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Wrestling beats out squash, baseball for place in 2020 Olympics

BUENOS AIRES, Argentina – Seven months after losing its Olympic place, wrestling was reinstated for the 2020 Games on Sunday when the IOC overturned a decision some members had thought was a mistake.

The sport, which has ancient roots in the Olympics, easily defeated bids from baseball-softball and squash. It will now join the program of the 2020 Games, which were awarded to Tokyo on Saturday.

Wrestling, which was surprisingly dropped from the list of core sports in February, received 49 votes to win in the first round of secret balloting by the International Olympic Committee. Baseball-softball got 24 votes and squash 22.

The decision capped a six-month campaign by the wrestling body FILA to revamp the organization and reshape the sport to save its Olympic status.

"With this vote, you have shown that the steps we have taken to improve our sport have made a difference," FILA President Nenad Lalovic said. "I assure each of you that our modernization will not stop now. We will continue to strive to be the best partner to the Olympic movement that we can be."

The vote followed presentations by all three sports, with Lalovic promising the delegates that wrestling had learned its lesson.

"Today is the most important day in the 2,000-year history of our sport," Lalovic said. "We feel the weight of that history. Remaining on the Olympic program is crucial to wrestling's survival."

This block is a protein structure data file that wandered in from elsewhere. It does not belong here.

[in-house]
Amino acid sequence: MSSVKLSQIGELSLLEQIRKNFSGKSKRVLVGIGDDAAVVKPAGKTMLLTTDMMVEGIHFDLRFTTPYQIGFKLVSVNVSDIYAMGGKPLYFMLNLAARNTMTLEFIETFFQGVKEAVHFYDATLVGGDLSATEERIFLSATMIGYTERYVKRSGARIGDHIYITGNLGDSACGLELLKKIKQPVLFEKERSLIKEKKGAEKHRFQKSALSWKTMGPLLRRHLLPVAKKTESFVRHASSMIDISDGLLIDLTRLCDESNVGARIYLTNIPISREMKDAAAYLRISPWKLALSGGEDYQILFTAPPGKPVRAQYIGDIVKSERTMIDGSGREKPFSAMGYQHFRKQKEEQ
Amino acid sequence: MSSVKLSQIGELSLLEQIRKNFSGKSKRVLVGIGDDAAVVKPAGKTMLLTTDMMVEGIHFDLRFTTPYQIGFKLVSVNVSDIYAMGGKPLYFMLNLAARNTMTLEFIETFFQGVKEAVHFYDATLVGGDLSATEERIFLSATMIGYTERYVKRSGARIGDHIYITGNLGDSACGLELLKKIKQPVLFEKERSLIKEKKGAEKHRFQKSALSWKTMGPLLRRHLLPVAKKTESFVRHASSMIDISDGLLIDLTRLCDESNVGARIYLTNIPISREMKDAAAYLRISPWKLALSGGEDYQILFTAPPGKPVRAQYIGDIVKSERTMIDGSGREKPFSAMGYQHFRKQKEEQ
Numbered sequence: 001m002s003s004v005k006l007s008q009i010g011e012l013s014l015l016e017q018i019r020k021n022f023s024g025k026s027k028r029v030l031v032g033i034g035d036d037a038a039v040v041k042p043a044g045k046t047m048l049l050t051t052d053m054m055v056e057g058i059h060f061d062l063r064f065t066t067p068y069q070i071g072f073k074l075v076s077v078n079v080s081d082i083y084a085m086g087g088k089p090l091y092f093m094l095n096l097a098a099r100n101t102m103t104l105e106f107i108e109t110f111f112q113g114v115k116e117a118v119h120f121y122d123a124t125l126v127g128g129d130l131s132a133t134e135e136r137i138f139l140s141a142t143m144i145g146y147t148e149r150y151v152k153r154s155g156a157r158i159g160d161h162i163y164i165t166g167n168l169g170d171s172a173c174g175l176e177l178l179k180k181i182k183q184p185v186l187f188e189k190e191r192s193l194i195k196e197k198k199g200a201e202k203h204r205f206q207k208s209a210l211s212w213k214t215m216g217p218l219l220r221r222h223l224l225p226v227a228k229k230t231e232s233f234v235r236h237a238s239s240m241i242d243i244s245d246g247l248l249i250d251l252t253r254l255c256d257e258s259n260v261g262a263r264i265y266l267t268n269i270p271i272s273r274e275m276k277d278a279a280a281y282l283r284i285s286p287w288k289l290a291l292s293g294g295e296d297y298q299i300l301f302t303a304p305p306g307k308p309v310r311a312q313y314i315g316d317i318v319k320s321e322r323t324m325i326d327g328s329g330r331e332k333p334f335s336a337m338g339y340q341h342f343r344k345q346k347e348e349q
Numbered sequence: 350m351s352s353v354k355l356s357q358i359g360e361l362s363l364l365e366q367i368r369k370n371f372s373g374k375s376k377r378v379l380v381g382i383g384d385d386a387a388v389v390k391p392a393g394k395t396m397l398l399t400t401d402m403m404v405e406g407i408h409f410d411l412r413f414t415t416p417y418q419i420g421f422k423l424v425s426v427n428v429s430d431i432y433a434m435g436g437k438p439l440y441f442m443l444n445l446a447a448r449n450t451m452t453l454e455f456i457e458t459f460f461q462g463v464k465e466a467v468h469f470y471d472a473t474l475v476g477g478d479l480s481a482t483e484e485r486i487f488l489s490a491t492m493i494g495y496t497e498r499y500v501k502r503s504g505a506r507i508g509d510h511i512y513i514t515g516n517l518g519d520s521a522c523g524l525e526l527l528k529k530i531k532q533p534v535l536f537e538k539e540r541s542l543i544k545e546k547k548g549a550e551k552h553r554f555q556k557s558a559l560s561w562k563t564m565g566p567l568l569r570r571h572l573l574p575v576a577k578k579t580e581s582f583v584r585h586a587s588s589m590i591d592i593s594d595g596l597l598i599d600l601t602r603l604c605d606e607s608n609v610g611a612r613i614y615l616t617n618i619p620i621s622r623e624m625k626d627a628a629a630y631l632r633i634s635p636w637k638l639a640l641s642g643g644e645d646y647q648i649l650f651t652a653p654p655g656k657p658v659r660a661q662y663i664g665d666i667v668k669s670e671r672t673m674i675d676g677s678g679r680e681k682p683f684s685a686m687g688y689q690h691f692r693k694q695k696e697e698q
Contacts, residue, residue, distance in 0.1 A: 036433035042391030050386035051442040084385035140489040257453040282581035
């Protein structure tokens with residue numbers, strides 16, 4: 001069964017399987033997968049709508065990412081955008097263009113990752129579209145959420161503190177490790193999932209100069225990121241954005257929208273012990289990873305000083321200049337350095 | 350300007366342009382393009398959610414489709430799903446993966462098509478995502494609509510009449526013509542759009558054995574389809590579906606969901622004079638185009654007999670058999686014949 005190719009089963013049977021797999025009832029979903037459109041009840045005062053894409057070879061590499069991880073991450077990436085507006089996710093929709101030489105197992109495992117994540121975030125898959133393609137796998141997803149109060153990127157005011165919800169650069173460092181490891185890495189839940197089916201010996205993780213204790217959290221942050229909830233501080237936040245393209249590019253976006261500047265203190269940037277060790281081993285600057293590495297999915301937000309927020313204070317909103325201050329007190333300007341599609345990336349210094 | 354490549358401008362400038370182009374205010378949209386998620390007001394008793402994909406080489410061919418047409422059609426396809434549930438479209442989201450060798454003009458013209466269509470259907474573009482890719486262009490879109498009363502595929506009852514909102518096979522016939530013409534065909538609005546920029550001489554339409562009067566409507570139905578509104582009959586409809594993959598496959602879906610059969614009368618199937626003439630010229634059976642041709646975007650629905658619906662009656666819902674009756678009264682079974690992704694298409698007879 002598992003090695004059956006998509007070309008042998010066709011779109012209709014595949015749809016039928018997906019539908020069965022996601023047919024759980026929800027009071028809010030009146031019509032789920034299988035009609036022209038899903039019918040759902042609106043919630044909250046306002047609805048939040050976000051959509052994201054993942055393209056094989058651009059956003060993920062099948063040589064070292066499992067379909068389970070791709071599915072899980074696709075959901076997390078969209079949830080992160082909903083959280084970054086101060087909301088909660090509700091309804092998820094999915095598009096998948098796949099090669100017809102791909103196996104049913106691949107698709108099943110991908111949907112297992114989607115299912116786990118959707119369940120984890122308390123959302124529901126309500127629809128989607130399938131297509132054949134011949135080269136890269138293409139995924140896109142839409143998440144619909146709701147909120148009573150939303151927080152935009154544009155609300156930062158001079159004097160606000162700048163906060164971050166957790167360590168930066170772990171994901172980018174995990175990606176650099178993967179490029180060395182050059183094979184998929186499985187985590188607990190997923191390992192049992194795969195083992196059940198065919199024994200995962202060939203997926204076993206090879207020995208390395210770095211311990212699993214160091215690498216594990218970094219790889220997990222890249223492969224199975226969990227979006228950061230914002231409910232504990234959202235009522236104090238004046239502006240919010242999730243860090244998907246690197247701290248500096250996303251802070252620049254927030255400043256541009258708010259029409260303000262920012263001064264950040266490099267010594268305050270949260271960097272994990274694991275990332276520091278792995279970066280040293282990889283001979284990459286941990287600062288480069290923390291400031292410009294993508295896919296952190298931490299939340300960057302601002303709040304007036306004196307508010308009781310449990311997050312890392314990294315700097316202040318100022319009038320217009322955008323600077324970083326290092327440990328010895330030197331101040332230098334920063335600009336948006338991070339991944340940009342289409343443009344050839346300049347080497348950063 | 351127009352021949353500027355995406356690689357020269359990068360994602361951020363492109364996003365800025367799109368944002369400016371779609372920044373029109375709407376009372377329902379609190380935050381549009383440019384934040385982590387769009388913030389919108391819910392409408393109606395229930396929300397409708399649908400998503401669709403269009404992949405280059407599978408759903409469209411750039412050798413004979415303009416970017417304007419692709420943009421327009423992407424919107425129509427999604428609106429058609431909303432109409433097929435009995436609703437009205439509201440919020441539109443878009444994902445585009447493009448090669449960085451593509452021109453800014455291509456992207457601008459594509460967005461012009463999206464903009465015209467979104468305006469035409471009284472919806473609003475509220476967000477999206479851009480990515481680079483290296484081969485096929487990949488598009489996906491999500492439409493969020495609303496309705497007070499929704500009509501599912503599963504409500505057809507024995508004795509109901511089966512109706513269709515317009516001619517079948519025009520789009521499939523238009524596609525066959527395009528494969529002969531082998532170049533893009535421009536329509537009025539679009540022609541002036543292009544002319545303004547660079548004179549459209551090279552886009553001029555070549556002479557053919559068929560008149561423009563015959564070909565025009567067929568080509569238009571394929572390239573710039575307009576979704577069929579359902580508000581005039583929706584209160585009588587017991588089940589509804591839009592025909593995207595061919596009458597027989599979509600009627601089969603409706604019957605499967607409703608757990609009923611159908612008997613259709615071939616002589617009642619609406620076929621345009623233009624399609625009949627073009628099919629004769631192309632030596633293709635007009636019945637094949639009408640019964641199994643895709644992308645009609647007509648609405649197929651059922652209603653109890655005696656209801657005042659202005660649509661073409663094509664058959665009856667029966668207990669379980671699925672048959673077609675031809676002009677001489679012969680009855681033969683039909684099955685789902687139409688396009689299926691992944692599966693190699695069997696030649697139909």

Wrestling goes back to the ancient Olympics in Greece and has been on the program of every modern games except 1900. The sport was caught off guard when it was axed by the IOC executive board – a decision that surprised even most IOC members.

"We have made mistakes," Lalovic told the IOC members Sunday. "We admitted but we decided to listen and learn. This is the only way to be a partner of the IOC. We are aware of our mistakes and they will not happen again. We have to update our sport, like any other sport, every day."

The result was welcomed by IOC members as rectifying a mistake.

"We cannot imagine the games without wrestling," said Sheik Ahmad Al-Fahad Al-Sabah, the influential Kuwaiti who heads the Association of National Olympic Committees. "Wrestling is a founder. Today was a great result."

Squash was trying to make the Olympics for the third time. Men's baseball and women's softball merged into a single federation to try to return after being dropped for the 2012 and 2016 Games.

Raphael Martinetti resigned as FILA president within days of the IOC vote and was replaced by Lalovic.

FILA reworked its structure, giving women and athletes a role in decision making. It added two weight classes for women. It adopted rule changes to make the sport easier to understand and more fun to watch, and reward more aggressive wrestling.

Powerful countries and unlikely political allies like the United States, Iran and Russia threw their weight behind the campaign.

"Wrestling is new in virtually every way," FILA official Jim Scherr told the delegates.

Each sport had 20 minutes to make its case to the IOC.

Antonio Castro, the son of former Cuban leader Fidel Castro, played up baseball's global appeal.

"Today we are the most popular sport in the world which is not part of the Olympic program," he said. "As everyone knows, baseball is not just a sport, it's a business."

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